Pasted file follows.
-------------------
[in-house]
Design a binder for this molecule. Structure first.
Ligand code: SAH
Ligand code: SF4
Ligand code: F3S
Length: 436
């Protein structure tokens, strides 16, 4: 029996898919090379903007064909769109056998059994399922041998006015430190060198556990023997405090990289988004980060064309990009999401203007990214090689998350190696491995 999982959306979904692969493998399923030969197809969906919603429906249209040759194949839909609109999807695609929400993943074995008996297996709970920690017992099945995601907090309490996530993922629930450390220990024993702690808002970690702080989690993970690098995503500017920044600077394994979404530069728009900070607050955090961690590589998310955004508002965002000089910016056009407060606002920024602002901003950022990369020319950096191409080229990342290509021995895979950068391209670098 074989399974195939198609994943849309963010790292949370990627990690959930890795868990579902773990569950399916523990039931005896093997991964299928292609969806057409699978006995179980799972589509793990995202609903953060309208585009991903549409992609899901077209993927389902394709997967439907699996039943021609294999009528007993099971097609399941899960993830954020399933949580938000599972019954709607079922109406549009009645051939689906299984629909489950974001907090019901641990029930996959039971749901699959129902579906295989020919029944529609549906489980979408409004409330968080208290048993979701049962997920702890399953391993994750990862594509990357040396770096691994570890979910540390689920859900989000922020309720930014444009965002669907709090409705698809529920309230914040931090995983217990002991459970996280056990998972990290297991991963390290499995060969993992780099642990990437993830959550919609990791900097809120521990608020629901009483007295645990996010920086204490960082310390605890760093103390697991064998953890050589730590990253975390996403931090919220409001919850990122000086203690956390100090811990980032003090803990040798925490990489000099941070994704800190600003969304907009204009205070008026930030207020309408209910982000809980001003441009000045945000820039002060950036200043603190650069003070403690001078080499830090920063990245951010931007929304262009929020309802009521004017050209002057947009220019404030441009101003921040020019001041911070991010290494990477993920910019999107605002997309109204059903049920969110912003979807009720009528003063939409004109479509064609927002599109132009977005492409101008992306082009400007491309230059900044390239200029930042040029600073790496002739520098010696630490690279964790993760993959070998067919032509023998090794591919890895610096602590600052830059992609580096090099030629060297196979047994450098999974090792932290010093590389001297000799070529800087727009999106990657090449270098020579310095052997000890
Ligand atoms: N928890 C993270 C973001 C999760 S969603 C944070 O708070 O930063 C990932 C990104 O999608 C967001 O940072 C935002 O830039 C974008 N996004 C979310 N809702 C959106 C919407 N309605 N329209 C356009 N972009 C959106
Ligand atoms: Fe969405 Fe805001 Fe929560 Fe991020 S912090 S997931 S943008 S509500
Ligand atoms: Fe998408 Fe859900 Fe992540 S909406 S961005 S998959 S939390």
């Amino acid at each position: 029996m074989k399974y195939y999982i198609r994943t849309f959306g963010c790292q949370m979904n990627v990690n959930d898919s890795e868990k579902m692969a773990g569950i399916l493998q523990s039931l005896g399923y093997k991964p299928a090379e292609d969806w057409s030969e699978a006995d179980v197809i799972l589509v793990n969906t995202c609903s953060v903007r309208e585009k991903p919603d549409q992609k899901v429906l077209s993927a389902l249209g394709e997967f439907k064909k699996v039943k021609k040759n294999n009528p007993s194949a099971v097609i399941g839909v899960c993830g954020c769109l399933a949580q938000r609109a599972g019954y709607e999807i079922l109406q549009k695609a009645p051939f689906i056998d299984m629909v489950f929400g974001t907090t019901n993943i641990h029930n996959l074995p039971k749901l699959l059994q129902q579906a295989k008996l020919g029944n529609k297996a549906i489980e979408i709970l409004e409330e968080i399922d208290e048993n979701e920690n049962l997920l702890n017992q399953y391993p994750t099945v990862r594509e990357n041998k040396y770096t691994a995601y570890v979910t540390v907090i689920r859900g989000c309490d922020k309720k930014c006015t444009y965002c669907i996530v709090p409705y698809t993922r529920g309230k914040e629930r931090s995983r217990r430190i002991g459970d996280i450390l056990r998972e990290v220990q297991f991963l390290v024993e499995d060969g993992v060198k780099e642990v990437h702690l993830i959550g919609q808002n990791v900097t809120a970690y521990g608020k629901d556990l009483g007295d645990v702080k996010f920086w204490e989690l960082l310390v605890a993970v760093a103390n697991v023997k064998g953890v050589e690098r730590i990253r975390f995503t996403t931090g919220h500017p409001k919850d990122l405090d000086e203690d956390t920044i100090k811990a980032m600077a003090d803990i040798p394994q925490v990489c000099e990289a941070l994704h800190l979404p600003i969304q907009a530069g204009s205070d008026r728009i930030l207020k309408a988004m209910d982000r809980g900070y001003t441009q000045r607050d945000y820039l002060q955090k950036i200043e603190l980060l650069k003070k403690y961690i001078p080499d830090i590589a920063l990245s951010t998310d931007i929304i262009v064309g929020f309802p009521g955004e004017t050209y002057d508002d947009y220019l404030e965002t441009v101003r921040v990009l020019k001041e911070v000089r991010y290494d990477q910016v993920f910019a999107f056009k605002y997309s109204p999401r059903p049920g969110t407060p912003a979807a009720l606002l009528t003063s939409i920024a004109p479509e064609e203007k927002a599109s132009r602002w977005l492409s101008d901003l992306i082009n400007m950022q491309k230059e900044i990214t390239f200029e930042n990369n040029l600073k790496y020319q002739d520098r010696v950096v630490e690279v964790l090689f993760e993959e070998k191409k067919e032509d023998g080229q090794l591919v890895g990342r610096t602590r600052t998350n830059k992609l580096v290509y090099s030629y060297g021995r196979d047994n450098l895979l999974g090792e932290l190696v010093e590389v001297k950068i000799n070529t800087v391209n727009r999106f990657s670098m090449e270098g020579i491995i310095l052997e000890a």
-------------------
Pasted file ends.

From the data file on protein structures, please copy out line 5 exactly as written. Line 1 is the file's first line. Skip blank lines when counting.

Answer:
Ligand code: F3S